Geneva - The FIFA ethics committee probing allegations of corruption against
suspended president Sepp Blatter and his would-be successor, Michel
Platini, requested on Saturday that sanctions be levelled against both men.
Citing privacy and the presumption of innocence, the committee
said it would not disclose the nature of the punishments requested
against the two men, who for years were the most powerful figures in
However, the announcement sparked an angry response from Platini's lawyer, who said that FIFA had "lost all credibility".
committee, known as the investigatory chamber of FIFA's independent
ethics watchdog, said it had submitted its final report to the body's
judgement arm, which will weigh up the recommendations.
fallout from the report could prove massive for the future of world
football's governing body, including the possibility of permanently
derailing Platini's candidacy to lead FIFA.
investigatory chamber said in a statement that its final report
contained "requests for sanctions against Joseph Blatter and Michel
A separate statement from the adjudicatory chamber
confirmed that it had received the reports and will study the findings
The judgement chamber said it would "decide in due
course about whether to institute formal adjudicatory proceedings
against Joseph S. Blatter and Michel Platini."
body has in the past recommended suspensions of several years, or even
life, but there was no indication as to the severity of the punishments
requested against Blatter and Platini.
"It is a troubling coincidence!" Thibaud d'Ales, representing Platini, told AFP on Saturday.
day after our appeal to the Court of Arbitration for Sport against
Michel Platini's provisional suspension, the internal FIFA investigation
is suddenly finished for Michel Platini and Sepp Blatter, even though
the latter has been accused of more things.
"It's farcical. It
would be laughable if we were not talking about the future of the
biggest non-governmental institution in the world.
"FIFA has lost all credibility. A decision taken by judges who don't respect their own rules has no value."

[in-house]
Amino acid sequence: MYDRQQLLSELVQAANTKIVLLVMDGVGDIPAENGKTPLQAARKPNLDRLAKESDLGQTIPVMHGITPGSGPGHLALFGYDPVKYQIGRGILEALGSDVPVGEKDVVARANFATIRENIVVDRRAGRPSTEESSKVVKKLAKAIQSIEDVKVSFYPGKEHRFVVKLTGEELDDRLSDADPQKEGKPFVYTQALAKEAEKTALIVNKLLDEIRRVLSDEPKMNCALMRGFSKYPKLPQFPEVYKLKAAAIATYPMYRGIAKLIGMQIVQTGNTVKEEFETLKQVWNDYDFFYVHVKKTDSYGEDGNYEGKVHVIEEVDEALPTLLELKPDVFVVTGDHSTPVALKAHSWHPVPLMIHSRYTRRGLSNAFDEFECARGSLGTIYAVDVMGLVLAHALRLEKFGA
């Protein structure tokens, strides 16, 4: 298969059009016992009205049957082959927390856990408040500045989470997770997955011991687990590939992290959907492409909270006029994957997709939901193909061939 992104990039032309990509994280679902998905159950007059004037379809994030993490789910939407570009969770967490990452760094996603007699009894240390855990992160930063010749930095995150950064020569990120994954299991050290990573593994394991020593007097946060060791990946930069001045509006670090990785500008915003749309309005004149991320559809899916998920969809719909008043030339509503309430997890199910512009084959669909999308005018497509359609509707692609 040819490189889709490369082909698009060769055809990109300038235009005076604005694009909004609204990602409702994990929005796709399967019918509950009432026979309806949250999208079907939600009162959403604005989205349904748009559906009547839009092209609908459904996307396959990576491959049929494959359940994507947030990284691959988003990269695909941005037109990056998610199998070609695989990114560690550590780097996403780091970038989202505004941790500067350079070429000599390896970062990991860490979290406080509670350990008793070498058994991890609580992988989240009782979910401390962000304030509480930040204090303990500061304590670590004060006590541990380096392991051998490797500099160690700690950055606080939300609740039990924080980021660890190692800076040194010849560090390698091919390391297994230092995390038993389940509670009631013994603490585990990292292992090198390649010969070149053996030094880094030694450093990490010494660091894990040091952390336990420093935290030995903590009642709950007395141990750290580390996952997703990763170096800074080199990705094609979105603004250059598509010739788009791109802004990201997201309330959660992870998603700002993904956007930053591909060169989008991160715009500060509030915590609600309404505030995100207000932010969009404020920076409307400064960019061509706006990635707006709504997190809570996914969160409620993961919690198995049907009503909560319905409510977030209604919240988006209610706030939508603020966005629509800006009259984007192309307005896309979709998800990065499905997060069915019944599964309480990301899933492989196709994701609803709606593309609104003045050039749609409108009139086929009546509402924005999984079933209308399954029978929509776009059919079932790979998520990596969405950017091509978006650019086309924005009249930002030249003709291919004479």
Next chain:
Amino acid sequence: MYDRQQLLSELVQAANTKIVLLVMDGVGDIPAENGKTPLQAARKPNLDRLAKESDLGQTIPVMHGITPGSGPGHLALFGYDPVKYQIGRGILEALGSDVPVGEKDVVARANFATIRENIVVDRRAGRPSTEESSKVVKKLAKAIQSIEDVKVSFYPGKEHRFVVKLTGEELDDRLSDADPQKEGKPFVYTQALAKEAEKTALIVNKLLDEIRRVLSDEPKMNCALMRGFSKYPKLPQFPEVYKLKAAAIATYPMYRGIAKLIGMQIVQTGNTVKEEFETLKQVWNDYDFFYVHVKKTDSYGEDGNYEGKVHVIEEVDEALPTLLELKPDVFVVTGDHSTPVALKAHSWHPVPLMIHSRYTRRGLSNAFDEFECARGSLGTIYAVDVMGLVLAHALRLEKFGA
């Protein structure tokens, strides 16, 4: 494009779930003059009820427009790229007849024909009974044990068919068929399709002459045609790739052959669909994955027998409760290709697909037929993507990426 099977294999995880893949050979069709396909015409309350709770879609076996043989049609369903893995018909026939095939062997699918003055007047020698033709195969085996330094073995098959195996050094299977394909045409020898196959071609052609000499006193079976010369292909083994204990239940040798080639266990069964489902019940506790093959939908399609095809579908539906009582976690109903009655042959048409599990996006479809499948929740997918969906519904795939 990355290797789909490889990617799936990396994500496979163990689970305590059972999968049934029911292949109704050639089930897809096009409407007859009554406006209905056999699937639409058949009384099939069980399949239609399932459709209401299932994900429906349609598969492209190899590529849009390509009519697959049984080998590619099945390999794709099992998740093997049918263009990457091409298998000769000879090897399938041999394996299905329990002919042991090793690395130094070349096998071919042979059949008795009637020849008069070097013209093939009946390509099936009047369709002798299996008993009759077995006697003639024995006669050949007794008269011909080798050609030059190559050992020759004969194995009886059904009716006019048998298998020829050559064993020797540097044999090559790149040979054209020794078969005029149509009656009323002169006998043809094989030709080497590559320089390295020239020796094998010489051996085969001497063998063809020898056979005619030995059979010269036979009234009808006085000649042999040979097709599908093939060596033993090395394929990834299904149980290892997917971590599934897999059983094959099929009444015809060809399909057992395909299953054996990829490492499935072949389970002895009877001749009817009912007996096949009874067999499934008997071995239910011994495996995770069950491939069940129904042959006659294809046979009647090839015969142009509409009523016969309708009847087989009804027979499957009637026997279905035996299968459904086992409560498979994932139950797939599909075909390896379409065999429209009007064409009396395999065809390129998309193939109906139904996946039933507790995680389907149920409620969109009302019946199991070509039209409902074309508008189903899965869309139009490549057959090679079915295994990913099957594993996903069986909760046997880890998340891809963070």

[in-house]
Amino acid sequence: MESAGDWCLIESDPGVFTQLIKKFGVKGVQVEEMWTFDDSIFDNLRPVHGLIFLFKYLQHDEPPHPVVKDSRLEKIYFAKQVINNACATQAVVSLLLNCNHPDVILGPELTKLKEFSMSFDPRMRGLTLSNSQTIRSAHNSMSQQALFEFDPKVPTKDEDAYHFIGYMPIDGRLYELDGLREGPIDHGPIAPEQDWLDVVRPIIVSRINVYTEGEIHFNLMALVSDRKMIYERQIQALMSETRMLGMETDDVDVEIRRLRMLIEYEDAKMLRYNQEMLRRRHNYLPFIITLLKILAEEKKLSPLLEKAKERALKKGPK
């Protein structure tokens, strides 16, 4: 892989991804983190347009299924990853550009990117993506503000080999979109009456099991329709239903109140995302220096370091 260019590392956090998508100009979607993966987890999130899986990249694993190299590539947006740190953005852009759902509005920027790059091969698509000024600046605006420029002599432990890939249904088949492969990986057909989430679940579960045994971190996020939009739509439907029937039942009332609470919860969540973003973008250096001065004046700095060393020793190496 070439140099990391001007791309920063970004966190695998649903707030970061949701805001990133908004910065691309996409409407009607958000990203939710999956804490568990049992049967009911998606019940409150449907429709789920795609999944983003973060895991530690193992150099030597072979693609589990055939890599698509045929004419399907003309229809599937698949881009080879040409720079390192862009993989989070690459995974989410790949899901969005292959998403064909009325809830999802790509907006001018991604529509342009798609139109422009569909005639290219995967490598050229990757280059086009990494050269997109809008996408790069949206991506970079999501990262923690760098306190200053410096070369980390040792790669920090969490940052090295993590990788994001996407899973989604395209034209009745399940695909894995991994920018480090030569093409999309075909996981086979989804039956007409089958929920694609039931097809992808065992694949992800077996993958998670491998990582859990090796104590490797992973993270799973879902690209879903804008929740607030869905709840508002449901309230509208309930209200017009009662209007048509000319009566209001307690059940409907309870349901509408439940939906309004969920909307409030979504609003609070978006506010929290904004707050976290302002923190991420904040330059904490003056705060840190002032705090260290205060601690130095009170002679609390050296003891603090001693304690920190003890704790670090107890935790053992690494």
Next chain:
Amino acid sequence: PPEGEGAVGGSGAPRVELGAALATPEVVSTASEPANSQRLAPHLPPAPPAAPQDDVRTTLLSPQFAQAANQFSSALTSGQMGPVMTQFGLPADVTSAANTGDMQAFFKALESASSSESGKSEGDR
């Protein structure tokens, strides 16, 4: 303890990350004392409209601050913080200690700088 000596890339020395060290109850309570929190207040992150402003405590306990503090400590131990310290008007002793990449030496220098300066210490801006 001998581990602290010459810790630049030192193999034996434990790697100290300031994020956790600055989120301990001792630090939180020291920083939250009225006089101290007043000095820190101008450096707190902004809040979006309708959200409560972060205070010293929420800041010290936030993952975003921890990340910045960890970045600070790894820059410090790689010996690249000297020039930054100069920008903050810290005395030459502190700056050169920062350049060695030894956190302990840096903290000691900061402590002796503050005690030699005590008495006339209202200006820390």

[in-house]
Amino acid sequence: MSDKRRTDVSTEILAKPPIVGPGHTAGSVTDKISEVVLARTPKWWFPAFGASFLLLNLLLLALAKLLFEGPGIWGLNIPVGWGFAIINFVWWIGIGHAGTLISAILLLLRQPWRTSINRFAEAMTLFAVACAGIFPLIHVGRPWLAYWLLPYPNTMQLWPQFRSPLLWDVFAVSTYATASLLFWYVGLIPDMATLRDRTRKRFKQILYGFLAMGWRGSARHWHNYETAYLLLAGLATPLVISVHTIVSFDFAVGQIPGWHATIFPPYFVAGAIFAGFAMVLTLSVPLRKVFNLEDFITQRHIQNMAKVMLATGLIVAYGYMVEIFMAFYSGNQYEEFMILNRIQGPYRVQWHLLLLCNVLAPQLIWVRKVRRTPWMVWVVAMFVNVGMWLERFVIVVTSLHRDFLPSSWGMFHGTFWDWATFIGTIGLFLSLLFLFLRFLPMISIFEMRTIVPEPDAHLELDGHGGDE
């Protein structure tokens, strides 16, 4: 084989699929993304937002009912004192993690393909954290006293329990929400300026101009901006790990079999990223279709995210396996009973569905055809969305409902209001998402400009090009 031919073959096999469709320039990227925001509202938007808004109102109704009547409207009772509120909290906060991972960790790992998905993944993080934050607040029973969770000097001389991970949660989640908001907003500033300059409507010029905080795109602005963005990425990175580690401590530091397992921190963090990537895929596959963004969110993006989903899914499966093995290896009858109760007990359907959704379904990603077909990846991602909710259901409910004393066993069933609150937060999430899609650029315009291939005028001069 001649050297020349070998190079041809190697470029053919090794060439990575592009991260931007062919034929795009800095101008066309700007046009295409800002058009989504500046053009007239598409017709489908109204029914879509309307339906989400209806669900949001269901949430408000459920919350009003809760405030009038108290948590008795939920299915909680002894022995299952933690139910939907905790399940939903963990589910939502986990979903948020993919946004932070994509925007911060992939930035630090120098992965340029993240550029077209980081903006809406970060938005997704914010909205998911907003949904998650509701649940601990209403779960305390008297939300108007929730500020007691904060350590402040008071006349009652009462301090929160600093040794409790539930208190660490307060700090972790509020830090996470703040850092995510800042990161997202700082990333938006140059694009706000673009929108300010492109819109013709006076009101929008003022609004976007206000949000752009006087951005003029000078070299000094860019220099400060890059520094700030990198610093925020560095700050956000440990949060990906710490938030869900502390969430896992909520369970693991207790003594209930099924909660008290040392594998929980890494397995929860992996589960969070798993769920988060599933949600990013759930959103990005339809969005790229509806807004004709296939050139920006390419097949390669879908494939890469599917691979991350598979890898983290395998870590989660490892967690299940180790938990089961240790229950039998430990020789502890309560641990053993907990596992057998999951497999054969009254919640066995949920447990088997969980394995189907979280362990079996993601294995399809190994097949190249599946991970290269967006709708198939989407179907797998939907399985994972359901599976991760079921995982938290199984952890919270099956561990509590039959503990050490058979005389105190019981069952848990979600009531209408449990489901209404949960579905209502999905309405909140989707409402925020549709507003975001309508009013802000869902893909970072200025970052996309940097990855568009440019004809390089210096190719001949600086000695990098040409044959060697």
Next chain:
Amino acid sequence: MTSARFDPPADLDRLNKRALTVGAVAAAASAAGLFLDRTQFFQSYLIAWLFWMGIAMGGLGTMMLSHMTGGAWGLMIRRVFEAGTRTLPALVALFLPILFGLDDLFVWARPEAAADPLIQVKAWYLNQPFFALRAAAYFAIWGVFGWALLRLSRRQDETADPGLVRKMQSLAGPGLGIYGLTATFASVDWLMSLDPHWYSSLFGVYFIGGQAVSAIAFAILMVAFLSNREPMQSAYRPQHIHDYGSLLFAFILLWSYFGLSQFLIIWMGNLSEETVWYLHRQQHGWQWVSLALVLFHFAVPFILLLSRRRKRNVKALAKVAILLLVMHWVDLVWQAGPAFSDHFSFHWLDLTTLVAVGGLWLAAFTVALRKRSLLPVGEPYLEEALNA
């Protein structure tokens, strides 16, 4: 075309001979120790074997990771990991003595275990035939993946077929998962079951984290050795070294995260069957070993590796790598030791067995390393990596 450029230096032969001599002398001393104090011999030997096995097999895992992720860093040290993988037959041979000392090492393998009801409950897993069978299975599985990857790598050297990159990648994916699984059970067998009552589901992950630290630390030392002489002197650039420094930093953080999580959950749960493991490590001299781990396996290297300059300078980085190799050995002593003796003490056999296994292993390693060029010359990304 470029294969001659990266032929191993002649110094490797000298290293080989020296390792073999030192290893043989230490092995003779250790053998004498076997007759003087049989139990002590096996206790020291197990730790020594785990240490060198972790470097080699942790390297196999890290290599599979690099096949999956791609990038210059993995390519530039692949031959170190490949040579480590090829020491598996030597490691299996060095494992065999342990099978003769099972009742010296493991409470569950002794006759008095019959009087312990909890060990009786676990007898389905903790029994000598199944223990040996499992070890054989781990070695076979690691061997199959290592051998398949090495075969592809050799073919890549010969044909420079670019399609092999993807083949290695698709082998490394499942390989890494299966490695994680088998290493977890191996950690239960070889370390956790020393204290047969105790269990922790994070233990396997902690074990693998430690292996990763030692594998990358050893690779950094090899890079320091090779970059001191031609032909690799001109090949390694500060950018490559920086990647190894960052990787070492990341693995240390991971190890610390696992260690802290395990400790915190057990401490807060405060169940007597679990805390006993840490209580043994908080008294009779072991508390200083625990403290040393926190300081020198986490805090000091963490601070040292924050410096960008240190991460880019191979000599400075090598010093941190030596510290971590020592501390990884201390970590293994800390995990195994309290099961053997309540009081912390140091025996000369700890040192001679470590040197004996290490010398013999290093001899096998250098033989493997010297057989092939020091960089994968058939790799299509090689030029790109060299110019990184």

Both Blatter and Platini were provisionally suspended by the ethics committee in October for 90 days.
moves came after Swiss prosecutors opened an investigation into
possible criminal mismanagement at FIFA during Blatter's tenure,
including evidence of a murky $2 million payment made to Platini in
2011, reportedly for work he did a decade earlier.
Aside from the
Swiss probe, the United States justice department has charged 14
ex-FIFA officials and sports marketing executives with more than $150
million of bribery and corruption dating back decades.
Those indictments, unsealed in May, uncorked the scandal that has shaken world football and grown seemingly wider each week.
by both Blatter and Platini against their 90-day suspensions were
rejected this week, and Platini has taken his case to the Court of
Arbitration for Sport, with a decision expected by the end of the month.
the suspension which lasts until January 5 is crucial to the French
football legend, because the provisional ban has thrown the brakes on
his campaign to replace Blatter.
Platini, the head of European
football until his suspension, had been the favourite to win FIFA's
presidential vote scheduled for February 26, until he became engulfed in
the raging FIFA scandal.
While suspended, Platini cannot lobby
regional confederations to support his candidacy, while the five other
men vying for the job - who have already passed FIFA's integrity tests - are free to campaign.
The 60-year-old ex-Juventus star has
denied all wrongdoing and has insisted that he can still lead world
football out of an era that has seen its reputation stained at the
highest levels of the game.
Blatter has also remained defiant
throughout, insisting that he has done nothing wrong and that all
financial impropriety that took place under his watch was the fault of
After winning election to a fifth term as FIFA's
president, Blatter announced that he would go when his successor is
chosen at a special congress called for February.
Despite the suspension, Blatter's camp has insisted that he will return to the presidency before the vote.